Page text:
Matthias Labrenz mostly deals with Ecology, Sulfurimonas, Microplastics, Denitrification and Epsilonproteobacteria. His work on Ecology deals in particular with Salinity, Brackish water, Aquatic ecosystem, Ecosystem and Food web. His Brackish marsh study in the realm of Salinity connects with subjects such as Ecological niche.
The concepts of his Microplastics study are interwoven with issues in Raman imaging, Infrared and Plastisphere, Biofilm. His study looks at the intersection of Denitrification and topics like Autotroph with Nitrate and Biogeochemical cycle. He studied Epsilonproteobacteria and Pelagic zone that intersect with Stable-isotope probing.
His main research concerns Ecology, Microplastics, Environmental chemistry, Oceanography and Baltic sea. As part of his studies on Ecology, Matthias Labrenz frequently links adjacent subjects like Gammaproteobacteria. His biological study spans a wide range of topics, including Aquatic ecosystem and Plastisphere, Biofilm.
Matthias Labrenz has included themes like Biodiversity, Nutrient and Vibrio in his Aquatic ecosystem study. His studies in Environmental chemistry integrate themes in fields like Redox and Nitrate. His work is dedicated to discovering how Brackish water, Estuary are connected with Drainage basin and other disciplines.
Matthias Labrenz spends much of his time researching Microplastics, Ecology, Aquatic ecosystem, Biofilm and Brackish water. His study in Microplastics is interdisciplinary in nature, drawing from both Drainage basin and Chromatography, Extraction. He regularly ties together related areas like Microorganism in his Ecology studies.
As a member of one scientific family, Matthias Labrenz mostly works in the field of Aquatic ecosystem, focusing on Vibrio and, on occasion, Zoology, 16S ribosomal RNA, Invasive species and Round goby. His Brackish water research incorporates themes from Estuary, Biogeochemical cycle, Ecosystem, Seawater and Nutrient. He interconnects Salinity, Rhizophydiales, Chytridiomycota, Pelagic zone and Transect in the investigation of issues within Estuary.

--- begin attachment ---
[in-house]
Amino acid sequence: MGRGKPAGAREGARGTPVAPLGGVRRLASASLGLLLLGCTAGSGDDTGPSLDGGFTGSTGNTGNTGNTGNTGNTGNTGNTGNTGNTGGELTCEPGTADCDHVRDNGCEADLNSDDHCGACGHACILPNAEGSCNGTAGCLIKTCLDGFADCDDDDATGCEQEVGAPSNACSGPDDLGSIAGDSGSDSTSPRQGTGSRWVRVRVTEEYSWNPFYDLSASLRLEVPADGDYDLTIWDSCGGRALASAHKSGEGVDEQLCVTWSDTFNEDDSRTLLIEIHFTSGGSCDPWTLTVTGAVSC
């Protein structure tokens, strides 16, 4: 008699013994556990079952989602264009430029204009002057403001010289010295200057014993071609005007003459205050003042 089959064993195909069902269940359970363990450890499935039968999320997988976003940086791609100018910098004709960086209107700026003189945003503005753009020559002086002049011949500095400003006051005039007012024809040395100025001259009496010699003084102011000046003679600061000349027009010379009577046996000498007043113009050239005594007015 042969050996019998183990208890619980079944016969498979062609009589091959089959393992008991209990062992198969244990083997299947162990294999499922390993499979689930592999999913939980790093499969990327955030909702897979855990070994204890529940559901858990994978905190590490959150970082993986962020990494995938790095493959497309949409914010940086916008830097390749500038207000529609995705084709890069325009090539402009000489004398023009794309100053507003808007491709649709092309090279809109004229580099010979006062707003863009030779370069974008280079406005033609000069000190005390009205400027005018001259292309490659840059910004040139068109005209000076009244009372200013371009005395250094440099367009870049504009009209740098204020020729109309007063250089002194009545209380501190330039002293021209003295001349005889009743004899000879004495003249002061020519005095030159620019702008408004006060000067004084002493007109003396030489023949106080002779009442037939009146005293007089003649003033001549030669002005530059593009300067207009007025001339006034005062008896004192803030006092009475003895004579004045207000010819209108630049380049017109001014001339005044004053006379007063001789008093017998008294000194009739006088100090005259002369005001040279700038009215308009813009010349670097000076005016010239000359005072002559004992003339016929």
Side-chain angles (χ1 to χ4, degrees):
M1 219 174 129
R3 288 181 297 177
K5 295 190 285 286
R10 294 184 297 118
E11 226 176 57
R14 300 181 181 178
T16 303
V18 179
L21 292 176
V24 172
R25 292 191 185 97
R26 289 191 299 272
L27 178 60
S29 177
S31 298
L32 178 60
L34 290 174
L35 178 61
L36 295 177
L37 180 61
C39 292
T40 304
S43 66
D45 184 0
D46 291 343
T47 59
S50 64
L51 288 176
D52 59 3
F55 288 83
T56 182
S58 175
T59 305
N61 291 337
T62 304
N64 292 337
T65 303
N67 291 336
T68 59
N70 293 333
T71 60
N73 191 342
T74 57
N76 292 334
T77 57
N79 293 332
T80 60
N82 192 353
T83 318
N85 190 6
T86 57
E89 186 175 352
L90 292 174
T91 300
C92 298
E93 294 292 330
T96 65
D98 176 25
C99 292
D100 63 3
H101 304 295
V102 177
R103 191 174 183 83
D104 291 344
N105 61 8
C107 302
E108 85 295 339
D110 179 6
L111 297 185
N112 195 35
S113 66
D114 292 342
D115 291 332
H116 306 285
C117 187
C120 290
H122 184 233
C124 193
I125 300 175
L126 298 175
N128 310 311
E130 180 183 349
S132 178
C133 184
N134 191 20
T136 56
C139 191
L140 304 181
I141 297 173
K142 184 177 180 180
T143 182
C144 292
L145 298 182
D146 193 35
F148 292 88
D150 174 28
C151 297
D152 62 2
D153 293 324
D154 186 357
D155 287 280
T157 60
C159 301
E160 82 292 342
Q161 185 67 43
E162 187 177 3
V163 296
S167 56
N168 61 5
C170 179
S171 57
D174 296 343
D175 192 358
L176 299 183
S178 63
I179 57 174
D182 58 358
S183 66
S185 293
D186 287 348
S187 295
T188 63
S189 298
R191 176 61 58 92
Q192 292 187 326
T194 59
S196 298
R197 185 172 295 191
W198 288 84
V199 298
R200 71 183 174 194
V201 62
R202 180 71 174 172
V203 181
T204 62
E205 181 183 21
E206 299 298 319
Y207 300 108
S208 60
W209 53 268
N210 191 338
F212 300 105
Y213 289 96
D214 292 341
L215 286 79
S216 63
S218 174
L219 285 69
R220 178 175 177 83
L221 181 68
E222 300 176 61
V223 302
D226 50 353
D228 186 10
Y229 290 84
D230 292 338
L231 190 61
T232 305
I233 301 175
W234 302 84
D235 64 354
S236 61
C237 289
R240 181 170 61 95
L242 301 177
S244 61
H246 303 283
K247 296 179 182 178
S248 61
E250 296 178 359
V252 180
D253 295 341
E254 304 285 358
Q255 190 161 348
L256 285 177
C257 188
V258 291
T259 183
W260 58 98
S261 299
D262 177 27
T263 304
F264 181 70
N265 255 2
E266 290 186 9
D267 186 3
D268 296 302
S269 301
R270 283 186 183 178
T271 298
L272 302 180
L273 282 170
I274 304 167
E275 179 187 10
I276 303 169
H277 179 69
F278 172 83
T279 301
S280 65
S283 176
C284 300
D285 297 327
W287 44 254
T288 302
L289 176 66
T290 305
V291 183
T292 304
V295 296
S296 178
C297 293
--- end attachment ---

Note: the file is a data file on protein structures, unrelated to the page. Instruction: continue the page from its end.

The scientist’s investigation covers issues in Microplastics, Ecology, Ecosystem, Brackish water and Estuary. He combines subjects such as Aquatic environment, Mesocosm, Aquatic ecosystem and Vibrio with his study of Microplastics. His research integrates issues of Biological dispersal, Gammaproteobacteria and Biofilm in his study of Ecology.
The concepts of his Ecosystem study are interwoven with issues in Microorganism, Microbial biodegradation, Plastisphere and Adaptation. Brackish water is a subfield of Salinity that Matthias Labrenz studies. His study in Estuary is interdisciplinary in nature, drawing from both Drainage basin, 18S ribosomal RNA and Dinoflagellate.
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Transitions in bacterial communities along the 2000 km salinity gradient of the Baltic Sea
Daniel Pr Herlemann;Matthias Labrenz;Klaus Jürgens;Stefan Bertilsson.
The ISME Journal (2011)
Analysis of environmental microplastics by vibrational microspectroscopy: FTIR, Raman or both?
Andrea Käppler;Andrea Käppler;Dieter Fischer;Sonja Oberbeckmann;Gerald Schernewski.
Analytical and Bioanalytical Chemistry (2016)
Environmental Factors Support the Formation of Specific Bacterial Assemblages on Microplastics.
Sonja Oberbeckmann;Bernd Kreikemeyer;Matthias Labrenz.
Frontiers in Microbiology (2018)
Marine microplastic-associated biofilms - a review
Sonja Oberbeckmann;Martin G. J. Löder;Matthias Labrenz.
Environmental Chemistry (2015)
Marine Microbial Assemblages on Microplastics: Diversity, Adaptation, and Role in Degradation.
Sonja Oberbeckmann;Matthias Labrenz.
Annual Review of Marine Science (2020)
Identification of microplastics by FTIR and Raman microscopy: a novel silicon filter substrate opens the important spectral range below 1300 cm−1 for FTIR transmission measurements
Andrea Käppler;Andrea Käppler;Frank Windrich;Frank Windrich;Martin G. J. Löder;Mikhail Malanin.
Analytical and Bioanalytical Chemistry (2015)
Epsilonproteobacteria represent the major portion of chemoautotrophic bacteria in sulfidic waters of pelagic redoxclines of the Baltic and Black Seas.
Jana Grote;Günter Jost;Matthias Labrenz;Gerhard J. Herndl.
Applied and Environmental Microbiology (2008)
Genome and physiology of a model Epsilonproteobacterium responsible for sulfide detoxification in marine oxygen depletion zones
Jana Grote;Thomas Schott;Christian G. Bruckner;Frank Oliver Glöckner.
Proceedings of the National Academy of Sciences of the United States of America (2012)
Comparison of μ-ATR-FTIR spectroscopy and py-GCMS as identification tools for microplastic particles and fibers isolated from river sediments
Andrea Käppler;Andrea Käppler;Marten Fischer;Barbara M. Scholz-Böttcher;Sonja Oberbeckmann.
Analytical and Bioanalytical Chemistry (2018)
Microplastics alter composition of fungal communities in aquatic ecosystems
Marie Therese Kettner;Keilor Rojas-Jimenez;Sonja Oberbeckmann;Matthias Labrenz.
Environmental Microbiology (2017)
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